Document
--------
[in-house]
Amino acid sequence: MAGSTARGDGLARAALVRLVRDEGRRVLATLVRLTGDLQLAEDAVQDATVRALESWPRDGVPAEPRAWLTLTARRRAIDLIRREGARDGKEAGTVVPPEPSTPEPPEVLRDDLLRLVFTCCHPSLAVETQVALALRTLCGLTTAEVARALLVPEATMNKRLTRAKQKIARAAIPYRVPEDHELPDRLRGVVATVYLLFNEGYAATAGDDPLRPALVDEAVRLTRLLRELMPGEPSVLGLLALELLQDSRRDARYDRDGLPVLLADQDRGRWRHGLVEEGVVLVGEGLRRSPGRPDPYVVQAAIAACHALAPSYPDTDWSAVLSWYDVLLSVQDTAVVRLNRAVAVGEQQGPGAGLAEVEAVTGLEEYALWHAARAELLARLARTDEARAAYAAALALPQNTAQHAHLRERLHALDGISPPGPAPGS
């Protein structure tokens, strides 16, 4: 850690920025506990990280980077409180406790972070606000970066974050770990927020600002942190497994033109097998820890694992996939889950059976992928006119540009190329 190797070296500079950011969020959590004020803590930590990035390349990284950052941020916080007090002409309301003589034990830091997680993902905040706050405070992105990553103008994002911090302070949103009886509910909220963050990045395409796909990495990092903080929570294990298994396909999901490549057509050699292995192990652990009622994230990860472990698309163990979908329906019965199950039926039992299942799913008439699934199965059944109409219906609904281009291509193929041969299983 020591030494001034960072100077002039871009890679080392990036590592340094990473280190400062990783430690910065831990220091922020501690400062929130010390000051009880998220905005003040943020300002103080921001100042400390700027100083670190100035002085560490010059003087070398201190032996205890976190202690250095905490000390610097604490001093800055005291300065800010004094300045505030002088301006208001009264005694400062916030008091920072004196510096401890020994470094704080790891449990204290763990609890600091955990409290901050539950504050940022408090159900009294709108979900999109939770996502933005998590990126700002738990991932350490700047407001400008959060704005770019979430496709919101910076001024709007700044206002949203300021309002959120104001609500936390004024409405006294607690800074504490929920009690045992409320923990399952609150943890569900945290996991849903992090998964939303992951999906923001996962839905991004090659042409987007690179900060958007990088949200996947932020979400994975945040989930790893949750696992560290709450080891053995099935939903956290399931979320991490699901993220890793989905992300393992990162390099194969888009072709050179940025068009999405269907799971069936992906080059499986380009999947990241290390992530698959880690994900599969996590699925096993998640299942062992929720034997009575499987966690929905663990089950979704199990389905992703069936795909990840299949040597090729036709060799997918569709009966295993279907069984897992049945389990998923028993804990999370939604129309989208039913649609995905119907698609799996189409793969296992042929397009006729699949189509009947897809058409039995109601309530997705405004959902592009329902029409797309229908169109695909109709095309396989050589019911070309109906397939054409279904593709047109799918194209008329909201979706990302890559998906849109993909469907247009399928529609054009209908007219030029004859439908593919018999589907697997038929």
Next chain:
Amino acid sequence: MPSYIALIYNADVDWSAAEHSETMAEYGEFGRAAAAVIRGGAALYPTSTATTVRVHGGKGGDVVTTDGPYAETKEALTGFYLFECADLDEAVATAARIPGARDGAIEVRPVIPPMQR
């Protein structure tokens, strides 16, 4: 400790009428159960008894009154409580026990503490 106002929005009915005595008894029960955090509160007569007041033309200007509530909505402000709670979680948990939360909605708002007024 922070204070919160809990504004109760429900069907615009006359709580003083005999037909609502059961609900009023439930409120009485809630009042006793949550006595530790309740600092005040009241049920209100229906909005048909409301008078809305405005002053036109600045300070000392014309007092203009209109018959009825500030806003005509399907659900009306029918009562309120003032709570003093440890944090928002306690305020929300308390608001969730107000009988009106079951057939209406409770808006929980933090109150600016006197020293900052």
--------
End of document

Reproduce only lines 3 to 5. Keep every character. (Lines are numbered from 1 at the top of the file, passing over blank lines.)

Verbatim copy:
């Protein structure tokens, strides 16, 4: 850690920025506990990280980077409180406790972070606000970066974050770990927020600002942190497994033109097998820890694992996939889950059976992928006119540009190329 190797070296500079950011969020959590004020803590930590990035390349990284950052941020916080007090002409309301003589034990830091997680993902905040706050405070992105990553103008994002911090302070949103009886509910909220963050990045395409796909990495990092903080929570294990298994396909999901490549057509050699292995192990652990009622994230990860472990698309163990979908329906019965199950039926039992299942799913008439699934199965059944109409219906609904281009291509193929041969299983 020591030494001034960072100077002039871009890679080392990036590592340094990473280190400062990783430690910065831990220091922020501690400062929130010390000051009880998220905005003040943020300002103080921001100042400390700027100083670190100035002085560490010059003087070398201190032996205890976190202690250095905490000390610097604490001093800055005291300065800010004094300045505030002088301006208001009264005694400062916030008091920072004196510096401890020994470094704080790891449990204290763990609890600091955990409290901050539950504050940022408090159900009294709108979900999109939770996502933005998590990126700002738990991932350490700047407001400008959060704005770019979430496709919101910076001024709007700044206002949203300021309002959120104001609500936390004024409405006294607690800074504490929920009690045992409320923990399952609150943890569900945290996991849903992090998964939303992951999906923001996962839905991004090659042409987007690179900060958007990088949200996947932020979400994975945040989930790893949750696992560290709450080891053995099935939903956290399931979320991490699901993220890793989905992300393992990162390099194969888009072709050179940025068009999405269907799971069936992906080059499986380009999947990241290390992530698959880690994900599969996590699925096993998640299942062992929720034997009575499987966690929905663990089950979704199990389905992703069936795909990840299949040597090729036709060799997918569709009966295993279907069984897992049945389990998923028993804990999370939604129309989208039913649609995905119907698609799996189409793969296992042929397009006729699949189509009947897809058409039995109601309530997705405004959902592009329902029409797309229908169109695909109709095309396989050589019911070309109906397939054409279904593709047109799918194209008329909201979706990302890559998906849109993909469907247009399928529609054009209908007219030029004859439908593919018999589907697997038929």
Next chain:
Amino acid sequence: MPSYIALIYNADVDWSAAEHSETMAEYGEFGRAAAAVIRGGAALYPTSTATTVRVHGGKGGDVVTTDGPYAETKEALTGFYLFECADLDEAVATAARIPGARDGAIEVRPVIPPMQR